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A guide for parents
Some kicking tips

 Kicking Drills

No Step Kicking/One Step Kicking

These drills develop the most important part of the kick - body position at impact. First, the no-step kick. In this drill you will put your plant foot one football length from the ball (the normal distance); however, you're toe needs to be even with the ball. The drill does not work if you plant your foot in the same position as normal because you have no momentum coming into the kick. At this point the drill is simple - you swing your leg, with no step, and kick the ball.

At first you will not be able to kick the ball very far. This is a difficult drill. In the beginning don't try to move beyond a 20-yard field goal. The drill is great for teaching the proper body position at contact. In this drill you can really feel what is going right or wrong with your body position on each kick. It also is great for practicing the follow through.

Because you have no momentum going into the ball, the only way to generate leg speed is to swing hard, but smooth, and to follow through down your target line. Try to get your leg above your waist on your follow through. The one step kicking drill is similar to the no step drill. The obvious difference is that you take one step at the ball. To begin, kick a normal field goal. Mark the spot where your kicking foot last steps before it hits the ball. This distance is your last step to the ball. You will use this exact distance for the one step drill.

Place your kicking foot on the spot you marked. Your kicking should be in front which is the opposite of a normal field goal. From this position take one step and kick the ball. Basically, you are working the same techniques as the no step kick, you are just adding one step of momentum. Concentrate on making good contact and following through high and down your target line. Again, this drill helps you work on proper body position at contact.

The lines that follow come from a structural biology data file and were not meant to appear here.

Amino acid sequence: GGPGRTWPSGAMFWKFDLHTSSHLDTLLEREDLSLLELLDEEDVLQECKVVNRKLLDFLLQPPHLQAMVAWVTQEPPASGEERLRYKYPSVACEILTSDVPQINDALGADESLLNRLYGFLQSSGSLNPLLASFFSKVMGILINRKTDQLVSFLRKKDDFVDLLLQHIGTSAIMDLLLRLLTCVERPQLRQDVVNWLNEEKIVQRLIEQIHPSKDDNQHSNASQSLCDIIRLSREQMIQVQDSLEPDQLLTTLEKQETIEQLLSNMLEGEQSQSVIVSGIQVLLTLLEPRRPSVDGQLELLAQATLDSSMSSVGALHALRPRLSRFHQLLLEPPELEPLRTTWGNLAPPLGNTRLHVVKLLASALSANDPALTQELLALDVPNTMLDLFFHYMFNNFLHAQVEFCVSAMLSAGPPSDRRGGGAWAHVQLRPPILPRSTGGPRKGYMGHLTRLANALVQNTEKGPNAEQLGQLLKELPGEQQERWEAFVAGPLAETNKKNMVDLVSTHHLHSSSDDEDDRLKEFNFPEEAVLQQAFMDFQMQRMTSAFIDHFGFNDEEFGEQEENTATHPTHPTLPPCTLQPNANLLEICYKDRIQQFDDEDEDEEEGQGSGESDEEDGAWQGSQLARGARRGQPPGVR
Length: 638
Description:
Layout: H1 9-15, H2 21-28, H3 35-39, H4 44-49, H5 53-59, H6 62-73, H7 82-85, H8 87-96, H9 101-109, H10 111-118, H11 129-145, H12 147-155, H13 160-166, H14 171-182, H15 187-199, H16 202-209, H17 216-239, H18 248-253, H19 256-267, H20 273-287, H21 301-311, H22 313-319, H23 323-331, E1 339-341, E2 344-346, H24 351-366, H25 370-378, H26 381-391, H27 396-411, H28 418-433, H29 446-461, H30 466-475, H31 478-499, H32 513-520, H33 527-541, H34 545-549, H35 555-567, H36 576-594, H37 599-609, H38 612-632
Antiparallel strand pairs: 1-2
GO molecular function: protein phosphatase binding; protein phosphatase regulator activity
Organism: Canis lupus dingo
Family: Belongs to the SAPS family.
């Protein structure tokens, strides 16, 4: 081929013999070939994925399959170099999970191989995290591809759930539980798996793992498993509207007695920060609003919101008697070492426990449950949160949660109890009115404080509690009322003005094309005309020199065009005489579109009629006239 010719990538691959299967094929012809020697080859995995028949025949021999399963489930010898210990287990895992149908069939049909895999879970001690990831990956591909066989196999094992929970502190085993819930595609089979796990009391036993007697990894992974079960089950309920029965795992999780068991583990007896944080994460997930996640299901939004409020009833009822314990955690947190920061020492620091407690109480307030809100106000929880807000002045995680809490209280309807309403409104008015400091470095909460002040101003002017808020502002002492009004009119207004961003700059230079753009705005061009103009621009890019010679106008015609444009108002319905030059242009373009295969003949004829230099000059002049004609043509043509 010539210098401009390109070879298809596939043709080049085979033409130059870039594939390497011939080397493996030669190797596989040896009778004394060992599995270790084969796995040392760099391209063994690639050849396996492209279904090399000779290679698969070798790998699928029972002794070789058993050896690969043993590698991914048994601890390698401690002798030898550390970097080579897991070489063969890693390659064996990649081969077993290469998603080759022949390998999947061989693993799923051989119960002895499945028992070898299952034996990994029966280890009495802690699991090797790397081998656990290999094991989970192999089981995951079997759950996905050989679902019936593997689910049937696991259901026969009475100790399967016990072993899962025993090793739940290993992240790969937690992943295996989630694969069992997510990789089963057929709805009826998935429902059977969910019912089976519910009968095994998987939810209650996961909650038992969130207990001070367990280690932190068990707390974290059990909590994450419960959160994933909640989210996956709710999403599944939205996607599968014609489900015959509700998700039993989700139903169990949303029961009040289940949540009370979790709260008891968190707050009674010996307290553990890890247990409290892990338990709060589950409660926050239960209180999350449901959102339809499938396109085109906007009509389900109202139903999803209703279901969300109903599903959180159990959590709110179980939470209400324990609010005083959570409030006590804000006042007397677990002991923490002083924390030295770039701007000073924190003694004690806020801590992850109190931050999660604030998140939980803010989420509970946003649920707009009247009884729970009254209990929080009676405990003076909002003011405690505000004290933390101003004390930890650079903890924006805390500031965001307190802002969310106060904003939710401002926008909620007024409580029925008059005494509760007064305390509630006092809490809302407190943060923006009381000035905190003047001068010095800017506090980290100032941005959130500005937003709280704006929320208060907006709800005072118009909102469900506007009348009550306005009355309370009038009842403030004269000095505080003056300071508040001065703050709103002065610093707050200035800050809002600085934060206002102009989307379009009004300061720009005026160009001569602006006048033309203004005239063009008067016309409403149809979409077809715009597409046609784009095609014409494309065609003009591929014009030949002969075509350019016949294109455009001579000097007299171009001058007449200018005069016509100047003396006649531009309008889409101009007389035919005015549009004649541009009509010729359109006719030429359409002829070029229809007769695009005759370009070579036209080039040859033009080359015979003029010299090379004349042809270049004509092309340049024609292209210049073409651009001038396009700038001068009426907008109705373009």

Although these drills are difficult and unnatural feeling, if you can become good at them you will notice an improvement in your regular field goal approach.

Bad Snap Drill

Instead of setting up the ball the way you like - put the ball in awkward positions to kick. For example, you could set the ball up with the laces facing directly at you. Kick the ball this way. This drill will teach you that although the ball might not travel as well with a bad hold, the kick can be made. Take several repetitions of kicking "bad holds." As we all know, not every hold is perfect in the game, so you may as well get used to kicking a field goal with a less than desirable hold.

Door Handle Drill

This is a great drill to practice following through. When I first learned to kick field goals I was unable to follow through very well because of all my soccer experience. In soccer, you are trying to keep the ball low, most of time, and subsequently I developed the habit of punching the ball. In field goal kicking you want the ball to get a nice high trajectory so it doesn't get blocked. This drill will help teach your leg to follow through and eventually kick a higher ball.

The drill is simple. Put your hand on a door handle or countertop and just practice swinging your leg as high as you can. Try to do fifty kicks a day. You can do it when you are bored or watching TV. If you practice long enough, eventually your leg will start to follow through naturally on your field goals. Also, it is important to be stretching regularly while doing this drill; your leg can't kick very high if your hamstring is not flexible.